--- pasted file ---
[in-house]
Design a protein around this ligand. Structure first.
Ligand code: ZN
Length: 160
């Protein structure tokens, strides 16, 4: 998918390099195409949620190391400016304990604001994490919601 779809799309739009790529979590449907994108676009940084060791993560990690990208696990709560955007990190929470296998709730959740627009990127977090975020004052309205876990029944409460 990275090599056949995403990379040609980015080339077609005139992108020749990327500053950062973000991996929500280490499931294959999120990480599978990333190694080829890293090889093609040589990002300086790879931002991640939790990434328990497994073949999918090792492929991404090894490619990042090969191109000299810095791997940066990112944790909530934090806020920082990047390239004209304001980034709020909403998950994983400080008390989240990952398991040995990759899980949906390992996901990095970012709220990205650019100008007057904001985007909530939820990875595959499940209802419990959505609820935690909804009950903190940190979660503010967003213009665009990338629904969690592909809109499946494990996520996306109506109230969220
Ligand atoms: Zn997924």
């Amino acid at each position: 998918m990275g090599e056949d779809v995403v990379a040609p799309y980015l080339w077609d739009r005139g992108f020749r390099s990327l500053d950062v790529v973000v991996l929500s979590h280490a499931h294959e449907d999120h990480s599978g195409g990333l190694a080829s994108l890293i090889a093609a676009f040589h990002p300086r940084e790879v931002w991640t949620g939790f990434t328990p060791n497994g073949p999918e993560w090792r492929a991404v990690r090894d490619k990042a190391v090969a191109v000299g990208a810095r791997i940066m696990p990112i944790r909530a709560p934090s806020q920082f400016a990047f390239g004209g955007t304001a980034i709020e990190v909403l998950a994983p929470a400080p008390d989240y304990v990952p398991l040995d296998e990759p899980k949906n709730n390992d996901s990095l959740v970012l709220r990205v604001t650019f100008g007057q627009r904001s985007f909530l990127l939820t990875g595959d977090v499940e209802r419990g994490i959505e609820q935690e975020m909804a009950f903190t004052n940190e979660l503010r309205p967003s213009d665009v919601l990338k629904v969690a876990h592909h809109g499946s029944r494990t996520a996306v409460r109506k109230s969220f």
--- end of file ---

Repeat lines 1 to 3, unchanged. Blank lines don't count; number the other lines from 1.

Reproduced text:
[in-house]
Design a protein around this ligand. Structure first.
Ligand code: ZN